Sweating is an important thermoregulatory process helping to dissipate heat and, thus, to prevent overheating of the human body. Simulations of human thermo-physiological responses in hot conditions or during exercising are helpful for assessing heat stress; however, realistic sweating simulation and evaporative cooling is needed. To this end, thermal manikins dressed with a tight fabric skin can be used, and the properties of this skin should help human-like sweat evaporation simulation. Four fabrics, i.e., cotton with elastane, polyester, polyamide with elastane, and a skin provided by a manikin manufacturer (Thermetrics) were compared in this study. The moisture management properties of the fabrics have been investigated in basic tests with regard to all phases of sweating relevant for simulating human thermo-physiological responses, namely, onset of sweating, fully developed sweating, and drying. The suitability of the fabrics for standard tests, such as clothing evaporative resistance measurements, was evaluated based on tests corresponding to the middle phase of sweating. Simulations with a head manikin coupled to a thermo-physiological model were performed to evaluate the overall performance of the skins. The results of the study showed that three out of four evaluated fabrics have adequate moisture management properties with regard to the simulation of sweating, which was confirmed in the coupled simulation with the head manikin. The presented tests are helpful for comparing the efficiency of different fabrics to simulate sweat-induced evaporative cooling on thermal manikins.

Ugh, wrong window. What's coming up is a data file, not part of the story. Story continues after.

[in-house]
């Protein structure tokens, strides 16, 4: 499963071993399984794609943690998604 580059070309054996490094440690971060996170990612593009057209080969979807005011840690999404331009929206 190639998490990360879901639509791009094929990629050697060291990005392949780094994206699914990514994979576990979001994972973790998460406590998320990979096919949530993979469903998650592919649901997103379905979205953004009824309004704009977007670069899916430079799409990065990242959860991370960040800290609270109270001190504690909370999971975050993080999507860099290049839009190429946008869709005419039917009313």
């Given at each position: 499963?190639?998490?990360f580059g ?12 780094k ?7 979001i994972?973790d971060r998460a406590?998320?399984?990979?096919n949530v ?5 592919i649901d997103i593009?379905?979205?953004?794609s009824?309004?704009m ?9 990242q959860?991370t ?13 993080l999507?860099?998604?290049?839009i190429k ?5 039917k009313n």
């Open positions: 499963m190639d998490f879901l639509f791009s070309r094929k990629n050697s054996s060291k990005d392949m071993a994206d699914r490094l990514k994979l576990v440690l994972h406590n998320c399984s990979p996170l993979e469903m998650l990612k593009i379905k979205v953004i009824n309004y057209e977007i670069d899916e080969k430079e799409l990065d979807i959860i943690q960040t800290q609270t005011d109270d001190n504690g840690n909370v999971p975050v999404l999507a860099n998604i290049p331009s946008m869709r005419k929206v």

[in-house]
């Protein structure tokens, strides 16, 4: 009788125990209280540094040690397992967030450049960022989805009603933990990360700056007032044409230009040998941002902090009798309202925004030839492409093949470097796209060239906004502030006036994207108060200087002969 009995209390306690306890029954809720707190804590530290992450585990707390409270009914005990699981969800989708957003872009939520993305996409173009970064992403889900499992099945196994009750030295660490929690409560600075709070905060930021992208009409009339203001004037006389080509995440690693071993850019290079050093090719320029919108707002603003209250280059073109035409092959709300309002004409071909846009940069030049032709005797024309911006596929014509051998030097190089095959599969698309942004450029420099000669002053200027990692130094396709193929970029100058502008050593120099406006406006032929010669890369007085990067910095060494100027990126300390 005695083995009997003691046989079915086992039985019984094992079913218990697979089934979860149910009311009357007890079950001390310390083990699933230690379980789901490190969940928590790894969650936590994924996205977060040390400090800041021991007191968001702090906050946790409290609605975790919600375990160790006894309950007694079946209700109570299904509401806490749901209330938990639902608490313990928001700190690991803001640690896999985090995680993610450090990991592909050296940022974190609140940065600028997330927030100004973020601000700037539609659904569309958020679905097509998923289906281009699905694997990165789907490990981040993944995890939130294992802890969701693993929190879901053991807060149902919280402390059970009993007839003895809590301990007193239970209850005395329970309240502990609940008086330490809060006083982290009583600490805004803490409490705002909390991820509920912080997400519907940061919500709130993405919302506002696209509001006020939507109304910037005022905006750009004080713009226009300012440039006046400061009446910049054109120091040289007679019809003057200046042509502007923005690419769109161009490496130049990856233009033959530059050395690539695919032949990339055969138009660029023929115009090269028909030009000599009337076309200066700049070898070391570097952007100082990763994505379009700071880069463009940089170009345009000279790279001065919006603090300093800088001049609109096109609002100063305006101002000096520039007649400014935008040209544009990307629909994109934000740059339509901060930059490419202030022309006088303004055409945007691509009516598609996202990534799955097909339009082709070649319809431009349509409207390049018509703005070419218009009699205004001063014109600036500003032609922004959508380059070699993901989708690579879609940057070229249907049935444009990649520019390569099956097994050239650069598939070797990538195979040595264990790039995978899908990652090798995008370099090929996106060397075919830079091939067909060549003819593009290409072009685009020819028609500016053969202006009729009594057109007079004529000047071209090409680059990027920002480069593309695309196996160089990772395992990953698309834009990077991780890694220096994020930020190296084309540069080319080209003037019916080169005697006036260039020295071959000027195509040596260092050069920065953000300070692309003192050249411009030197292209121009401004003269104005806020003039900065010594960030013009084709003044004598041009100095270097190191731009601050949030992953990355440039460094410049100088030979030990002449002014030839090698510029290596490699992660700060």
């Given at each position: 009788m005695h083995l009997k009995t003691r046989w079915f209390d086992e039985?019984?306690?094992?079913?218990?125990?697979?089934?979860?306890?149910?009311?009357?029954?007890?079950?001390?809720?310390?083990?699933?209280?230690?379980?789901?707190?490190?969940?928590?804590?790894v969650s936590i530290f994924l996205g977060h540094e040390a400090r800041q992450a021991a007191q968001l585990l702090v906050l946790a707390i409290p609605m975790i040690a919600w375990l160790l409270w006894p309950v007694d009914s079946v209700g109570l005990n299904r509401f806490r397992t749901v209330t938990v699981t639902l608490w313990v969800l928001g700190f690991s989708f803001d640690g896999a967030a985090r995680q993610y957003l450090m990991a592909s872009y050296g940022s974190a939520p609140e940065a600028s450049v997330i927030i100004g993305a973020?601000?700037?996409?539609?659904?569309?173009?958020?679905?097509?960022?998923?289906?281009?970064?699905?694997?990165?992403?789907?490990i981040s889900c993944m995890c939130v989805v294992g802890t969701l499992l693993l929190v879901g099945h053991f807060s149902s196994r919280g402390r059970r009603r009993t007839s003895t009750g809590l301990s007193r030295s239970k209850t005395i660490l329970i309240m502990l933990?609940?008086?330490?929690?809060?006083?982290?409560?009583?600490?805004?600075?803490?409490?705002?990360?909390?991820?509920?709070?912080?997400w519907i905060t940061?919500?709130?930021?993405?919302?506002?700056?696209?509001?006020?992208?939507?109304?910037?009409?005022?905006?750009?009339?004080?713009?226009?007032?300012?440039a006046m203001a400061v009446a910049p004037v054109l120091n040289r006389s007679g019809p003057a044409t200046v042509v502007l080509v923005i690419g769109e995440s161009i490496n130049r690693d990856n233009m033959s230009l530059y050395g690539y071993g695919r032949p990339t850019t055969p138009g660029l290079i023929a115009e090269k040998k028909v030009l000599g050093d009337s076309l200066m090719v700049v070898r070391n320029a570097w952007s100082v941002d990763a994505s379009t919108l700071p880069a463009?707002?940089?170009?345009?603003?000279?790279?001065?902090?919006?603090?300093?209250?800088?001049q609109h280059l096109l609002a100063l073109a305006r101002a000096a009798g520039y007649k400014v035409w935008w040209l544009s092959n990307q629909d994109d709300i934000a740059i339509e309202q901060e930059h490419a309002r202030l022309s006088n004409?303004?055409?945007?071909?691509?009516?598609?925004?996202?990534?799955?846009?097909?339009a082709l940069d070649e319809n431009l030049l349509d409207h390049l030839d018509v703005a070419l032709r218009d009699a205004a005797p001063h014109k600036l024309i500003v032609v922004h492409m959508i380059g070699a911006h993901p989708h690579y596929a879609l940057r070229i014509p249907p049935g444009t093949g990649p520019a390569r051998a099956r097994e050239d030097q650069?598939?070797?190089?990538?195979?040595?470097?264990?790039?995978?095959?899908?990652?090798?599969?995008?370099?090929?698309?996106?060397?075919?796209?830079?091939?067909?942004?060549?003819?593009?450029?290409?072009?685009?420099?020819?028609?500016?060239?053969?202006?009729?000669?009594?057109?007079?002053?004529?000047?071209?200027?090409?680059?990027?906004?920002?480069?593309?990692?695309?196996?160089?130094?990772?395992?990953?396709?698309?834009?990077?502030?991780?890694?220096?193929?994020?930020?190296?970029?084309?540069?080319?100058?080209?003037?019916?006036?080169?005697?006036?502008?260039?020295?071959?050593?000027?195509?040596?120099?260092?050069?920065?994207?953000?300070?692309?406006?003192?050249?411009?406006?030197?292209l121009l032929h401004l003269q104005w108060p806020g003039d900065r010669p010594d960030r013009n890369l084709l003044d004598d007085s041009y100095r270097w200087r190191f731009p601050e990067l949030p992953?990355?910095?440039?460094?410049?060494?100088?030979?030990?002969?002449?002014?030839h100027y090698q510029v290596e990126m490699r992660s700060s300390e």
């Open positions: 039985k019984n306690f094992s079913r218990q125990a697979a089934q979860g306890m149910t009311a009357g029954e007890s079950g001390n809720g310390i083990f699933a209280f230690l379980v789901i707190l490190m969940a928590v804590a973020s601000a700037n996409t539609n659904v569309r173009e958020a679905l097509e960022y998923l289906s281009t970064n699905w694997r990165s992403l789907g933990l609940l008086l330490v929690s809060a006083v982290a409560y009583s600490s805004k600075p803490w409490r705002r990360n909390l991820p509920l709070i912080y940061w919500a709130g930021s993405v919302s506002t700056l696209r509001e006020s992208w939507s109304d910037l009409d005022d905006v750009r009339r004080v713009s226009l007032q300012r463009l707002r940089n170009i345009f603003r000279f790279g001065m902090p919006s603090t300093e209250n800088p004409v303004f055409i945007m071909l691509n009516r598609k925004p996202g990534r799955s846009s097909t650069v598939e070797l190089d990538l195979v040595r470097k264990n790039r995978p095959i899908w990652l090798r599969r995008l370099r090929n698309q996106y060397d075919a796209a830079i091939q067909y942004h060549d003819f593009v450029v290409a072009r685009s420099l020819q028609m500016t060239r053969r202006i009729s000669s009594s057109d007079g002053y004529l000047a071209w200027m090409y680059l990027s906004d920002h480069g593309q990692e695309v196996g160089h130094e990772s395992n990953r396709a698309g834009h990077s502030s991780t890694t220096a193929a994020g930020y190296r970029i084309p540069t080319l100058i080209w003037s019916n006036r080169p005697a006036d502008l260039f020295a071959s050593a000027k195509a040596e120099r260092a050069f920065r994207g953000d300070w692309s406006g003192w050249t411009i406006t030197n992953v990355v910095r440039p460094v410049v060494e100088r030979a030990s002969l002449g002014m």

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We would like to express our gratitude to Natividad Martínez for all her kind help with the measurements on the head manikin and Emel Mert for the discussions about fabrics properties. We thank Thermetrics for providing samples of their fabric for the measurements.
Conflict of interest
The authors declare that they have no conflict of interest.
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Koelblen, B., Psikuta, A., Bogdan, A. et al. Comparison of fabric skins for the simulation of sweating on thermal manikins. Int J Biometeorol 61, 1519–1529 (2017). https://doi.org/10.1007/s00484-017-1331-3
- Fabric skin
- Thermal manikin
- Thermo-physiological simulator
- Sweating simulation
- Evaporative resistance